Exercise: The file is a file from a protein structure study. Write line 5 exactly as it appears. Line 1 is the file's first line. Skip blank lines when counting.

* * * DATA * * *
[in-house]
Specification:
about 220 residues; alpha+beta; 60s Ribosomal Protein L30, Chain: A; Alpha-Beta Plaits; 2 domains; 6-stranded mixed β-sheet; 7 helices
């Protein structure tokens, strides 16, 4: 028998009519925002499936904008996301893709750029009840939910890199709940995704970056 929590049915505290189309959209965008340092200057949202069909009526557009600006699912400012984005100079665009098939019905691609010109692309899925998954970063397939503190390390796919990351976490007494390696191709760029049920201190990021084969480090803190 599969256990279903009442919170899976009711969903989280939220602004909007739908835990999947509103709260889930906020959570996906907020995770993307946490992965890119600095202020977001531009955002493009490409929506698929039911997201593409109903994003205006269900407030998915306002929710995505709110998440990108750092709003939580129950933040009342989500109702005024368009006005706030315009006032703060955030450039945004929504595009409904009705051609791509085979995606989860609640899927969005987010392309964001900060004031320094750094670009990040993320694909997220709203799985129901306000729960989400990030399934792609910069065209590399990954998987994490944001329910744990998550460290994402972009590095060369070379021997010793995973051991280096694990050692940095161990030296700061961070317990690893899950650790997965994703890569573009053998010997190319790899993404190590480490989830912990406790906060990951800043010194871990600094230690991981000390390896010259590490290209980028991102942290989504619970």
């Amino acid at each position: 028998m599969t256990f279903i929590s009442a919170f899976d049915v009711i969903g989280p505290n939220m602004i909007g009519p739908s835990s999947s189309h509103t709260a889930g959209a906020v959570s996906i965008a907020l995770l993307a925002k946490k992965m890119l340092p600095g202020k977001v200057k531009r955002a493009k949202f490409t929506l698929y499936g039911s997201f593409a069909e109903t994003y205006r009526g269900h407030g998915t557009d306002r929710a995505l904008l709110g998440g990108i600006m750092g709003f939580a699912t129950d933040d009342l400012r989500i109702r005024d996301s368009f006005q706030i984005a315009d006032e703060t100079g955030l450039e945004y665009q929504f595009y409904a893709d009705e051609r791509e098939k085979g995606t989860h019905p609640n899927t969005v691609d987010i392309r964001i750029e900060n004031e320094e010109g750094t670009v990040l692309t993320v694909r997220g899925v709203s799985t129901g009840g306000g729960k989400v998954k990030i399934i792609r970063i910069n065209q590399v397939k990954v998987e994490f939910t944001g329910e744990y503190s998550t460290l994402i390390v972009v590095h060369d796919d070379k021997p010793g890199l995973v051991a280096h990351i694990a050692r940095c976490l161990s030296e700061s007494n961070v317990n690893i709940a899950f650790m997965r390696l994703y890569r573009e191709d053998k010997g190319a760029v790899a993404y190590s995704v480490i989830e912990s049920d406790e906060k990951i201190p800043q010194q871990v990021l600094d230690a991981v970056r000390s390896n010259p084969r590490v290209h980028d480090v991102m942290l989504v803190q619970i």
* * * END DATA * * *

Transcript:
């Amino acid at each position: 028998m599969t256990f279903i929590s009442a919170f899976d049915v009711i969903g989280p505290n939220m602004i909007g009519p739908s835990s999947s189309h509103t709260a889930g959209a906020v959570s996906i965008a907020l995770l993307a925002k946490k992965m890119l340092p600095g202020k977001v200057k531009r955002a493009k949202f490409t929506l698929y499936g039911s997201f593409a069909e109903t994003y205006r009526g269900h407030g998915t557009d306002r929710a995505l904008l709110g998440g990108i600006m750092g709003f939580a699912t129950d933040d009342l400012r989500i109702r005024d996301s368009f006005q706030i984005a315009d006032e703060t100079g955030l450039e945004y665009q929504f595009y409904a893709d009705e051609r791509e098939k085979g995606t989860h019905p609640n899927t969005v691609d987010i392309r964001i750029e900060n004031e320094e010109g750094t670009v990040l692309t993320v694909r997220g899925v709203s799985t129901g009840g306000g729960k989400v998954k990030i399934i792609r970063i910069n065209q590399v397939k990954v998987e994490f939910t944001g329910e744990y503190s998550t460290l994402i390390v972009v590095h060369d796919d070379k021997p010793g890199l995973v051991a280096h990351i694990a050692r940095c976490l161990s030296e700061s007494n961070v317990n690893i709940a899950f650790m997965r390696l994703y890569r573009e191709d053998k010997g190319a760029v790899a993404y190590s995704v480490i989830e912990s049920d406790e906060k990951i201190p800043q010194q871990v990021l600094d230690a991981v970056r000390s390896n010259p084969r590490v290209h980028d480090v991102m942290l989504v803190q619970i």